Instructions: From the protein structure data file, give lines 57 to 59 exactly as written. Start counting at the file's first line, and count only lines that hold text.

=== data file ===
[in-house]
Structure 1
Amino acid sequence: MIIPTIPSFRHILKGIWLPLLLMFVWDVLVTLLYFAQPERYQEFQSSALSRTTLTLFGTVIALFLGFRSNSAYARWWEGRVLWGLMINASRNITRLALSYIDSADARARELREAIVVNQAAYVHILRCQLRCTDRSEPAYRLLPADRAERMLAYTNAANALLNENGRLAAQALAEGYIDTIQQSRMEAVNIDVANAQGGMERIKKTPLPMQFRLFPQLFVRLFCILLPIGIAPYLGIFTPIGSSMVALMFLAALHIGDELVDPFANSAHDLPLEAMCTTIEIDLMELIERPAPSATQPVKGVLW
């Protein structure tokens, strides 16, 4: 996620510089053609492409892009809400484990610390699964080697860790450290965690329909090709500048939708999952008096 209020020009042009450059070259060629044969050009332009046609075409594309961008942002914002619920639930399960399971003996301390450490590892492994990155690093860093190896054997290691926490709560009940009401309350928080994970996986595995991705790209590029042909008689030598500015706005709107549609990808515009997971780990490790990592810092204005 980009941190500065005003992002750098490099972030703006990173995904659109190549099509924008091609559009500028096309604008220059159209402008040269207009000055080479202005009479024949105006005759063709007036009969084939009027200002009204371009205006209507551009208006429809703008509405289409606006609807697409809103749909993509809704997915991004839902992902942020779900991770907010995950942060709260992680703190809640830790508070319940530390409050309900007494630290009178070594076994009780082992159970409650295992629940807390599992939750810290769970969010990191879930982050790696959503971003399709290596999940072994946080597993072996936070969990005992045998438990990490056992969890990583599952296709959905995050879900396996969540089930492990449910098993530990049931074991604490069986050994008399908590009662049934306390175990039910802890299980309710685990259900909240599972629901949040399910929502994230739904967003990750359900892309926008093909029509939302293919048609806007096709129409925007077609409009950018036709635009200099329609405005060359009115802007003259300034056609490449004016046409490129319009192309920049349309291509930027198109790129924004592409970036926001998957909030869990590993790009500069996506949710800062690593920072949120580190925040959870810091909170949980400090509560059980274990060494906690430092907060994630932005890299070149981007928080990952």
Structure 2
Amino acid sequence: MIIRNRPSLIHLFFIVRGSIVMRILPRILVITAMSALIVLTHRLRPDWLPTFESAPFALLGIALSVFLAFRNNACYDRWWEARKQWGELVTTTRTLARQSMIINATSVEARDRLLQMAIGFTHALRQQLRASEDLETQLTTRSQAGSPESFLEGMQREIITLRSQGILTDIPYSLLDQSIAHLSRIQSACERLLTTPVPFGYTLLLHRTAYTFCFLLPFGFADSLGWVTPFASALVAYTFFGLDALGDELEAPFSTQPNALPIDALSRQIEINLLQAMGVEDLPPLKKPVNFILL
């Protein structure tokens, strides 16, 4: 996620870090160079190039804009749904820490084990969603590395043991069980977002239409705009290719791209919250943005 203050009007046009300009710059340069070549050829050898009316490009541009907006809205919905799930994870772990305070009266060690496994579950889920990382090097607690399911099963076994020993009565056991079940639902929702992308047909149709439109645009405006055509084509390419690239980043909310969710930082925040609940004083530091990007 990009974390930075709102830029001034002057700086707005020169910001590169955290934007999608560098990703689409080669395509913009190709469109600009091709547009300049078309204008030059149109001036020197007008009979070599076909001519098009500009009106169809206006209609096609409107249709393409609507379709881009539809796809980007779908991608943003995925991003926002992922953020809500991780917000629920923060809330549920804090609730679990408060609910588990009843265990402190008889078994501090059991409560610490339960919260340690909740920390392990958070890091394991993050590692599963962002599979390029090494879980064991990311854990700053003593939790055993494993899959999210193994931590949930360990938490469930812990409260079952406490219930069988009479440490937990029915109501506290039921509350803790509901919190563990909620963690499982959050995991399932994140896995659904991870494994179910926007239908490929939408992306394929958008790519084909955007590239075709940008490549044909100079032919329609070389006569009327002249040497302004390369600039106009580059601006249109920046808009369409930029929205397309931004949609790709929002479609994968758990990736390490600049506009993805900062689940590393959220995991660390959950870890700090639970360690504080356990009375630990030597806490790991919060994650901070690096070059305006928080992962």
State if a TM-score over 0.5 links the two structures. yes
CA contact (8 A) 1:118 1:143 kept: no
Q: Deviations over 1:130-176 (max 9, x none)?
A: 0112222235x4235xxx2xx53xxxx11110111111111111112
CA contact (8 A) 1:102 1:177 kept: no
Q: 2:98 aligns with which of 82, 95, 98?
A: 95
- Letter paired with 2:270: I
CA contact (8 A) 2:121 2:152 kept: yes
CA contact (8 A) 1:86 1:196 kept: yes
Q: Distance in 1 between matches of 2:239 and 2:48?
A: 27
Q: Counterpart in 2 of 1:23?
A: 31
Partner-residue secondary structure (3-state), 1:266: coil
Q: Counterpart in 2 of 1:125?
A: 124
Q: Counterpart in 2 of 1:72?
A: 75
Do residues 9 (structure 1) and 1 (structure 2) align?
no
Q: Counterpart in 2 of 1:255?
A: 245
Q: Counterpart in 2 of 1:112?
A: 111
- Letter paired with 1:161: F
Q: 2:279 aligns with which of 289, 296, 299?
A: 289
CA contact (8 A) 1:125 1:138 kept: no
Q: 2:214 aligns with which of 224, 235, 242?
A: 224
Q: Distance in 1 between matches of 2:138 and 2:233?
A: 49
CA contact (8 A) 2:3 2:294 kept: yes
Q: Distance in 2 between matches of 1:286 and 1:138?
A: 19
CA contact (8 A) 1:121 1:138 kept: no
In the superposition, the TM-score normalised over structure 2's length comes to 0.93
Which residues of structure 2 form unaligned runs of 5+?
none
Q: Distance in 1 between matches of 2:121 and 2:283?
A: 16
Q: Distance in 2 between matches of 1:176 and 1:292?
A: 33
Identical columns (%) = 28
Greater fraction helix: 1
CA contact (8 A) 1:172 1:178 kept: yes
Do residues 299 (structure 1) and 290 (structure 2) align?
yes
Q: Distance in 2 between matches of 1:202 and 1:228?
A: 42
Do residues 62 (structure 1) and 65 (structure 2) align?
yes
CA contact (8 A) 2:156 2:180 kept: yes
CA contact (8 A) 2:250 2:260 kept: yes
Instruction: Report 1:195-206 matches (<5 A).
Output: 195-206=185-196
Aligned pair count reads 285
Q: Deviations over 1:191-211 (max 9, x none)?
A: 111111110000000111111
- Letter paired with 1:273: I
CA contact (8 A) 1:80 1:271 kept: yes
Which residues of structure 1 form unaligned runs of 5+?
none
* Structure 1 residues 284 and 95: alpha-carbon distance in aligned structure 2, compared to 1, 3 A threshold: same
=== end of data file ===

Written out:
Q: Distance in 2 between matches of 1:202 and 1:228?
A: 42
Do residues 62 (structure 1) and 65 (structure 2) align?